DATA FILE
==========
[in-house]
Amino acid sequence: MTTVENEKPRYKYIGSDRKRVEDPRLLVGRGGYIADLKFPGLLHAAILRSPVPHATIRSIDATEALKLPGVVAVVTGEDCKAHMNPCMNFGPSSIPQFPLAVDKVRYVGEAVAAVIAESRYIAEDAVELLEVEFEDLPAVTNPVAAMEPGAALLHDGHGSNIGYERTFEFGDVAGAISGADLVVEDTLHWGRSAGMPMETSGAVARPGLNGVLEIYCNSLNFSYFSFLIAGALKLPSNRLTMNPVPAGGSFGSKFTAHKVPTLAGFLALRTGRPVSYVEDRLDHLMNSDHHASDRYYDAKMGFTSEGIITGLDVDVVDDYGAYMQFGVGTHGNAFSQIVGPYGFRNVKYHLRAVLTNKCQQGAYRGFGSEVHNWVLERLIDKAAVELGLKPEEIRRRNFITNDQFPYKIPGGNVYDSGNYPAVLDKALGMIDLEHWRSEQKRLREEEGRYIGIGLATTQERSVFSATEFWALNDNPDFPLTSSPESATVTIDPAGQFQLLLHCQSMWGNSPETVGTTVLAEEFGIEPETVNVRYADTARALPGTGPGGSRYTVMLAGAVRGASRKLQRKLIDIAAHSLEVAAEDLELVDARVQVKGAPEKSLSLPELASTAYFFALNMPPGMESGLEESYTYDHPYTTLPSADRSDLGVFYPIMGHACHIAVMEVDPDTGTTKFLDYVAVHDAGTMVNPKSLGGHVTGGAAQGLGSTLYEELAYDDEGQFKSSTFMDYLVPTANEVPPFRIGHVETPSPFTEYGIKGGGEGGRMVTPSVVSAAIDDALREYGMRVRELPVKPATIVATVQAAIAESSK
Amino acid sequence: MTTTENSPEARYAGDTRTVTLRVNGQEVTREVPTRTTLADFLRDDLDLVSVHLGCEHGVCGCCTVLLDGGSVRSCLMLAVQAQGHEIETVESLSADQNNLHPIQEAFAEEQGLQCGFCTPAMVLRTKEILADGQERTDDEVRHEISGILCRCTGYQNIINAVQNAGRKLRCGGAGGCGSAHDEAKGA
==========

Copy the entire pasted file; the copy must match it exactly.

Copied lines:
[in-house]
Amino acid sequence: MTTVENEKPRYKYIGSDRKRVEDPRLLVGRGGYIADLKFPGLLHAAILRSPVPHATIRSIDATEALKLPGVVAVVTGEDCKAHMNPCMNFGPSSIPQFPLAVDKVRYVGEAVAAVIAESRYIAEDAVELLEVEFEDLPAVTNPVAAMEPGAALLHDGHGSNIGYERTFEFGDVAGAISGADLVVEDTLHWGRSAGMPMETSGAVARPGLNGVLEIYCNSLNFSYFSFLIAGALKLPSNRLTMNPVPAGGSFGSKFTAHKVPTLAGFLALRTGRPVSYVEDRLDHLMNSDHHASDRYYDAKMGFTSEGIITGLDVDVVDDYGAYMQFGVGTHGNAFSQIVGPYGFRNVKYHLRAVLTNKCQQGAYRGFGSEVHNWVLERLIDKAAVELGLKPEEIRRRNFITNDQFPYKIPGGNVYDSGNYPAVLDKALGMIDLEHWRSEQKRLREEEGRYIGIGLATTQERSVFSATEFWALNDNPDFPLTSSPESATVTIDPAGQFQLLLHCQSMWGNSPETVGTTVLAEEFGIEPETVNVRYADTARALPGTGPGGSRYTVMLAGAVRGASRKLQRKLIDIAAHSLEVAAEDLELVDARVQVKGAPEKSLSLPELASTAYFFALNMPPGMESGLEESYTYDHPYTTLPSADRSDLGVFYPIMGHACHIAVMEVDPDTGTTKFLDYVAVHDAGTMVNPKSLGGHVTGGAAQGLGSTLYEELAYDDEGQFKSSTFMDYLVPTANEVPPFRIGHVETPSPFTEYGIKGGGEGGRMVTPSVVSAAIDDALREYGMRVRELPVKPATIVATVQAAIAESSK
Amino acid sequence: MTTTENSPEARYAGDTRTVTLRVNGQEVTREVPTRTTLADFLRDDLDLVSVHLGCEHGVCGCCTVLLDGGSVRSCLMLAVQAQGHEIETVESLSADQNNLHPIQEAFAEEQGLQCGFCTPAMVLRTKEILADGQERTDDEVRHEISGILCRCTGYQNIINAVQNAGRKLRCGGAGGCGSAHDEAKGA